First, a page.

© 2024 Ideastream Public Media

1375 Euclid Avenue, Cleveland, Ohio 44115
(216) 916-6100 | (877) 399-3307

WKSU is a public media service licensed to Kent State University and operated by Ideastream Public Media.
Play Live Radio
Next Up:
0:00 0:00
Available On Air Stations

Farmers Fight Regulations Attached To Gov. John Kasich's Lake Erie Cleanup Plan

photo of farmers
Farmers, including grain producer Mark Drewes, say they are already doing everything they can to reduce runoff.

Farmers are firing back at Gov. John Kasich’s executive order to implement tougher regulations on fertilizer and other farm runoff. The administration says these new requirements will help keep nutrients from pollutingLake Erie. But farmers argue this creates mandates for a problem they’re already trying to fix.

The health of Lake Erie is at the center of a debate playing out at the Statehouse.

Since 2011, Ohio has spent more than $3 billion, much of that federal money, to keep Lake Erie clean.

Researchers say there’s been a slight decline in the amount of nutrients flowing into the watersheds that feed the lake. However, Gov. John Kasich says they’re still not on target to greatly reduce the amount of phosphorus getting into Lake Erie.

So, Kasich has a plan he says can lead to tough regulations for farmers, such as mandating best practices for using nutrients.

“Nutrient management plans work, and we are seeing positive results," he said. "Every farmer should implement and follow one to ensure they are doing their part to improve water quality statewide.”

New regulations
Kasich signed an executive order naming eight watersheds in distress. This designation triggers certain regulations for farmers to follow. On top of that, the Ohio Department of Agriculture will write up additional rules.

Kasich ensures that this isn’t meant to be overregulation but a way to spell out what needs to be done to help Lake Erie.

“This is just requiring farmers to figure out a way to manage their land in a more environmentally friendly way," he said. "I believe the farmers want to do that. Sometimes some of them don’t know exactly what that means so to put a plan in place where we can help fund them on whatever it takes to do that makes a lot of sense.”

But Ohio’s agriculture industry opposes this move, seeing it as government overreach. Duane Stateler is a hog farmer in Hancock County. He said these eight watersheds involve 2 million acres of farmland.

“This is going to take an overwhelming amount of manpower that no one has even ever thought about as far as the implementation of any rules or regulation that is handed down. We’re talking 6,500 to 7,000 farmers maybe,” he said.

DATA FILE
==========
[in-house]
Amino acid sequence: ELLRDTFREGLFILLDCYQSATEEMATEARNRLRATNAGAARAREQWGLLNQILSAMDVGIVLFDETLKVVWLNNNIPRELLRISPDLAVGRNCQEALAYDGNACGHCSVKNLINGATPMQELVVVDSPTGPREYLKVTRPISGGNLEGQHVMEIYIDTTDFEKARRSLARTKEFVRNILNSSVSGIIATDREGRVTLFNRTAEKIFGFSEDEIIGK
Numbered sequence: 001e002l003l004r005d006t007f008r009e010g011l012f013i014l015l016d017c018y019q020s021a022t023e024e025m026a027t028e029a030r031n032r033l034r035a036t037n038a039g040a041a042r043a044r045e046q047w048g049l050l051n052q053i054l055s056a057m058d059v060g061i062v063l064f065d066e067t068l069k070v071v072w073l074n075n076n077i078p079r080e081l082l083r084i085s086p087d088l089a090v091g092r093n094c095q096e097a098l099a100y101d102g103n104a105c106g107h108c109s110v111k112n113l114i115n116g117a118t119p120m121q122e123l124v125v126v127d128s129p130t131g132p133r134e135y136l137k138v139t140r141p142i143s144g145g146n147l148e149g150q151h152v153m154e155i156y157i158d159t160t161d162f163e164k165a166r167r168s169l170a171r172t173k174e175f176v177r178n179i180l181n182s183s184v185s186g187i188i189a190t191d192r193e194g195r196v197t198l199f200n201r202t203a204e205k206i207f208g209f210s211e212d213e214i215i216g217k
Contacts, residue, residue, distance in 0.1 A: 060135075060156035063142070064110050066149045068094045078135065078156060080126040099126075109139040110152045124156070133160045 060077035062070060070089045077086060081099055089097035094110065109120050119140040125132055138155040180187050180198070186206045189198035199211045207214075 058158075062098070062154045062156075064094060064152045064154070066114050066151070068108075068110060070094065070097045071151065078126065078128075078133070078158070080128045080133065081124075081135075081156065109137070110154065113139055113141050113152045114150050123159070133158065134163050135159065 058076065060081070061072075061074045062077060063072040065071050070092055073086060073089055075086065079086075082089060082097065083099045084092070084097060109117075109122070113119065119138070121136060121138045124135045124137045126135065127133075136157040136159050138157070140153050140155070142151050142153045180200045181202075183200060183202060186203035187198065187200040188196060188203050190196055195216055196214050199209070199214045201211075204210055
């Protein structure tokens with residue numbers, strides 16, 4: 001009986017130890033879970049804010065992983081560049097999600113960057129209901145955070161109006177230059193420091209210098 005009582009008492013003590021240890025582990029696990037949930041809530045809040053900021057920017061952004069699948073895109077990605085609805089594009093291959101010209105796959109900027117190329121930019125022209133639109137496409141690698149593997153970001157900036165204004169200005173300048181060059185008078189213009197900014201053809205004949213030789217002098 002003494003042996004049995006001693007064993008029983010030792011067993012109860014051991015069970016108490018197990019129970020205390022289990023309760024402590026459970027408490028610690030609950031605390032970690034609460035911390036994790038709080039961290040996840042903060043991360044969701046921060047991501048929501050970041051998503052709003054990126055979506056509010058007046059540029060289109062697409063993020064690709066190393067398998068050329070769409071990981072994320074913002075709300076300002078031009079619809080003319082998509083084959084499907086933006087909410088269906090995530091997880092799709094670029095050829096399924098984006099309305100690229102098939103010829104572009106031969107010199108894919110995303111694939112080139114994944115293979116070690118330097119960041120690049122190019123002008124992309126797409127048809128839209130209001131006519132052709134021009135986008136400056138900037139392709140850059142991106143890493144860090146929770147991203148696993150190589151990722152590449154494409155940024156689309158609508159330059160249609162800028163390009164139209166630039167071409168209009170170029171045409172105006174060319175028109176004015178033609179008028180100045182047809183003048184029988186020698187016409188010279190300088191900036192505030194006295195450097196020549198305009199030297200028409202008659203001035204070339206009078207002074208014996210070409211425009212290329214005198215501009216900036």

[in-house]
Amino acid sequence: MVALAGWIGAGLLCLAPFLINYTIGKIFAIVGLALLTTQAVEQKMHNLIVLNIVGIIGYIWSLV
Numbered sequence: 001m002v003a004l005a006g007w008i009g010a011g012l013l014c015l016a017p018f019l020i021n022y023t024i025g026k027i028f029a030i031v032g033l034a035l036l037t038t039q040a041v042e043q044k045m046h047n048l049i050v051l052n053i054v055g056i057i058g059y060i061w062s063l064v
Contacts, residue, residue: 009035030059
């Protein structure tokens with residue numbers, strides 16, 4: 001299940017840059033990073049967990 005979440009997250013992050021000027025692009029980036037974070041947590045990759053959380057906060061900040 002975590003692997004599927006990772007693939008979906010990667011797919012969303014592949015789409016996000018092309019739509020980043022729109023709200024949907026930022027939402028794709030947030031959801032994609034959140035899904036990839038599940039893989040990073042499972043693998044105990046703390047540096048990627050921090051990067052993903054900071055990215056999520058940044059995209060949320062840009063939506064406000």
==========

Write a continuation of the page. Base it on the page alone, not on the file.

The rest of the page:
Mark Drewes, a grain producer in Wood County, said farmers are already doing what they can to mitigate the problem of nutrient runoff.

“What our farm is doing today will probably be outdated in the near future," he said. "And I hope it is because with science, and anything that is science-based, we are finding better ways to keep the nutrients out of the lake.”

Drewes added this is a long-term problem that needs long-term solutions.

“The lake did not become this way overnight. I look back at my youth, the way we did things. It took generations for it to get to the point it is, and it’s going to take some time to repair it,” he said.

In the past five years, the General Assembly passed several pieces of legislation that address the issue of farmland runoff. The Ohio Farm Bureau Federation said they supported those bills and were included in the process. But for this executive order, the farm bureau says the Kasich administration didn’t seek their input.

Act now to protect the future
Ohio EPA Director Craig Butler has been telling the Legislature that the state needs to enact regulations. He adds that the mandates in the current proposal can evolve.

“What’s next? What we can do better? Where we can target our resources, and perhaps what we can even stop doing ?," he said. "We must act now because there are reasonable actions to protect these critical natural resources in Lake Erie.”

The Ohio Soil and Water Conservation Commission plans to hold a vote on Kasich’s proposal. Last week Kasich decided to not re-appoint two members of that commission. Both of those members said they were planning to vote against the governor’s regulations.

Andy Chow is a general assignment state government reporter who focuses on environmental, energy, agriculture, and education-related issues. He started his journalism career as an associate producer with ABC 6/FOX 28 in Columbus before becoming a producer with WBNS 10TV.